Photo: Cybele Malinowski
Photo: Cybele Malinowski

Five Questions With… Paul Kelly

Australia’s Paul Kelly has long been regarded as one of the greatest singer/songwriters his country has ever produced, with his ability to reflect the soul of the nation often compared to Bruce Springsteen’s vision of America. However, Kelly’s latest album Please Leave Your Light On, a collaboration with Australian jazz pianist and composer Paul Grabowsky, takes his sound in an entirely new direction by drawing inspiration from the classic work of Frank Sinatra and Tony Bennett.

The pairing grew out of a series of concerts Grabowsky curated in which he worked in duo settings with various singers. Having known Paul Kelly since 1995, Grabowsky asked him to collaborate, and from the outset the music clicked. The 11 songs by Kelly they recorded (plus a version of Cole Porter’s Every Time We Say Goodbye) were transcribed and adapted by Grabowsky with the aim of giving Please Leave Your Light On a classic fireside feel.

As Grabowsky says, “Paul is driven by a similar impulse to my own, namely an ongoing fascination with music in its many forms. This deep curiosity has in recent years seen him explore different genres, introduce his love of poetry to his wide and receptive fan base, and record with me. The reason I love working with Paul is that he always surprises me. It’s as if we are acrobats together. We have to pay serious attention to one another to pull the songs off. I like that.”

Please Leave Your Light On is officially released July 31 via Cooking Vinyl, and Paul Kelly was able to share his thoughts on the album with us in a Canadian exclusive.

Please Leave Your Light On sounds like it came together pretty organically. What was the process like for you?

The record developed from a couple of concerts we did last year. It was part of a series that Paul Grabowsky was doing with various singers in a chamber music setting, just piano and voice. We chose songs of mine that we thought would suit that format. Intimate, tender, confessional. We booked a studio some time after the shows and went in for three days. Played the songs live, hunted them down until we had the right take. It was intense, concentrated work but very enjoyable. A good glass of red wine at the end of each day listening to the record take shape was a good way to knock off.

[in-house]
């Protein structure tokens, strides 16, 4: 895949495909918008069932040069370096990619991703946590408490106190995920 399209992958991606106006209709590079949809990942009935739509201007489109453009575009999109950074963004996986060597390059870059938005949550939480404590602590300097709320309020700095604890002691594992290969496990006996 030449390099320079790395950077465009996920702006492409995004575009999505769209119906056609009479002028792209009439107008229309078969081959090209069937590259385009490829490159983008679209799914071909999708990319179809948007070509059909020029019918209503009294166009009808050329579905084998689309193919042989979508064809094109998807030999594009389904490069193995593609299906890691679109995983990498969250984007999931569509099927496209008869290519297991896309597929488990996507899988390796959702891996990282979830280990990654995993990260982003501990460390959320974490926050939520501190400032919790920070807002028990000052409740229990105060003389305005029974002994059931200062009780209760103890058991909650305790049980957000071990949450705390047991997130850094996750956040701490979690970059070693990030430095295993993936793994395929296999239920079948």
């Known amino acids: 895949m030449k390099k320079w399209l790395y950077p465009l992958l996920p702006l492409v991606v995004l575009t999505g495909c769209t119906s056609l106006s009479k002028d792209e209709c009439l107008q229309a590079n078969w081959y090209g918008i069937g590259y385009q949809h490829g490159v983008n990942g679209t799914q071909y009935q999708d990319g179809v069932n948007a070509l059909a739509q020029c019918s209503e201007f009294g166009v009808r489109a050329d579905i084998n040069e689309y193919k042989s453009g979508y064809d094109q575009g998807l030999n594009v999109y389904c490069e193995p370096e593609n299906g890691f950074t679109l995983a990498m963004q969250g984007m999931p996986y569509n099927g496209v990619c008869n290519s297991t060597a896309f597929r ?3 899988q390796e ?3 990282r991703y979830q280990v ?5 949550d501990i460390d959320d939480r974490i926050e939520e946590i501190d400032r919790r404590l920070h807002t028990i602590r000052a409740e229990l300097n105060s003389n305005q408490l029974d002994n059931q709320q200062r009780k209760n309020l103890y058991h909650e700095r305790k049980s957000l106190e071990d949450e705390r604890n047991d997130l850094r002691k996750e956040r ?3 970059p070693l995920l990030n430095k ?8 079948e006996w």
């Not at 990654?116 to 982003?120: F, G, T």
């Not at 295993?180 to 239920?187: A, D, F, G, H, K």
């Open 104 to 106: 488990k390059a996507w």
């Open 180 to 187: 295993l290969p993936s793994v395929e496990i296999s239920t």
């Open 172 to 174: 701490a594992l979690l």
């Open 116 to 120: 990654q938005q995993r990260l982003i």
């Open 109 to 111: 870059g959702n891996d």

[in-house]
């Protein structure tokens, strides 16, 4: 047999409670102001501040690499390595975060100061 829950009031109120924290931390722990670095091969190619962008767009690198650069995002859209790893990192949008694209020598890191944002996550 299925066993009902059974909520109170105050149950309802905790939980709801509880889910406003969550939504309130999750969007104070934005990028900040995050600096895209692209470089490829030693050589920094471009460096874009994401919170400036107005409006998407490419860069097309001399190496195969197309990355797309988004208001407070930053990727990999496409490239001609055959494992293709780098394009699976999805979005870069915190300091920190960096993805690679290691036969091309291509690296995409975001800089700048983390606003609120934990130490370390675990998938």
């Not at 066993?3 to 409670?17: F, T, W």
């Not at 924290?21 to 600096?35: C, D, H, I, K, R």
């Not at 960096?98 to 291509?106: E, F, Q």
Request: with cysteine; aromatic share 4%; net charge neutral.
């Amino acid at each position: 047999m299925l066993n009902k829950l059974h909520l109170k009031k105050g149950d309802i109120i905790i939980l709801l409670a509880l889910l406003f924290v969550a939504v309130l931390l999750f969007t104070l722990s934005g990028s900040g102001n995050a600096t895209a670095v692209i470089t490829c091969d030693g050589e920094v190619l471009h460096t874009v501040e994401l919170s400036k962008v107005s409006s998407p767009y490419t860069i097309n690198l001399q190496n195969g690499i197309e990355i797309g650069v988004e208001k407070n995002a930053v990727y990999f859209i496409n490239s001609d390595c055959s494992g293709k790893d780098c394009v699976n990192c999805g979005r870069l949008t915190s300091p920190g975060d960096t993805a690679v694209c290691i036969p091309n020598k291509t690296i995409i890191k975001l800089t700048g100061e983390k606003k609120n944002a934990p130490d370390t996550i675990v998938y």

Were there any songs in particular that perhaps took on new significance for you in these new arrangements?

Why I like working with Paul G is that he reveals new things in the songs, which makes me sing them differently. That’s all a writer or performer ever wants—to be surprised. Sonnet 138 in particular was a big transformation from when I first wrote it. Paul gave it a heavy left-hand stomp which I had to match vocally while still keeping to the slyness of the lyric. It was a fun dance. Young Lovers turned into a late-night bar room blues, which really made the song pop for me.

It seems a lot of contemporary songwriters—I’m thinking of people like Bob Dylan and Elvis Costello—eventually acknowledge the greatness of those who created the Great American Songbook. What draws you to that music?

Frank Sinatra has long been one of my favourite singers. I know I’m not alone in this. He’s such a singer’s singer, but at the same time, he sounds like he’s talking directly to you. It’s a mystery how he does that. He’s tough and tender at the same time. Two records he made, In the Wee Small Hours and Only The Lonely, were touchstones for us on this project. They are great collaborations with Nelson Riddle who arranged them so beautifully. Of course, I’m no Frank and we chose to go minimal without orchestration. But we were aiming to occupy the same emotional terrain. Songs of loneliness, heartbreak, regret and undying love. Nothing upbeat. A real turn-your-lamp-down-low record.

What's it like for you to perform live in that setting?

It’s exciting to perform with Paul. I have to be on my toes. We set the songs up to be a three-way conversation between the voice, the piano and the lyric. There’s a fourth element as well: Silence. Working inside that silence, that space, we both have to trust each other. Like tightrope walkers.

How have you been adapting to releasing music during the pandemic, and what plans might you have when things start getting back to normal?

I had shows lined up when we first went into lockdown, which we had to cancel so, like many others, I started doing occasional posts of songs and poems on socials. After a while I collected them into a record, for streaming only, called Forty Days. ‘Forty days’ in Italian is ‘quaranta giorni,’ the origin of our word ‘quarantine.’ During the Black Death in Europe from the 14th century onwards, ships were required to be isolated for forty days before passengers and crew could go ashore.

The songs are mostly covers and you could say the record is topical in the sense that it documents things on my mind during that first lockdown, which lasted approximately forty days. I live in Melbourne, Victoria, and we’re now back into a second lockdown after an all too fleeting re-emergence. So it’s hard to say what normal will look like in the future. My plans are to take it easy for a while. Try and learn some new things on the piano. Two records out in a year are enough, anyway.

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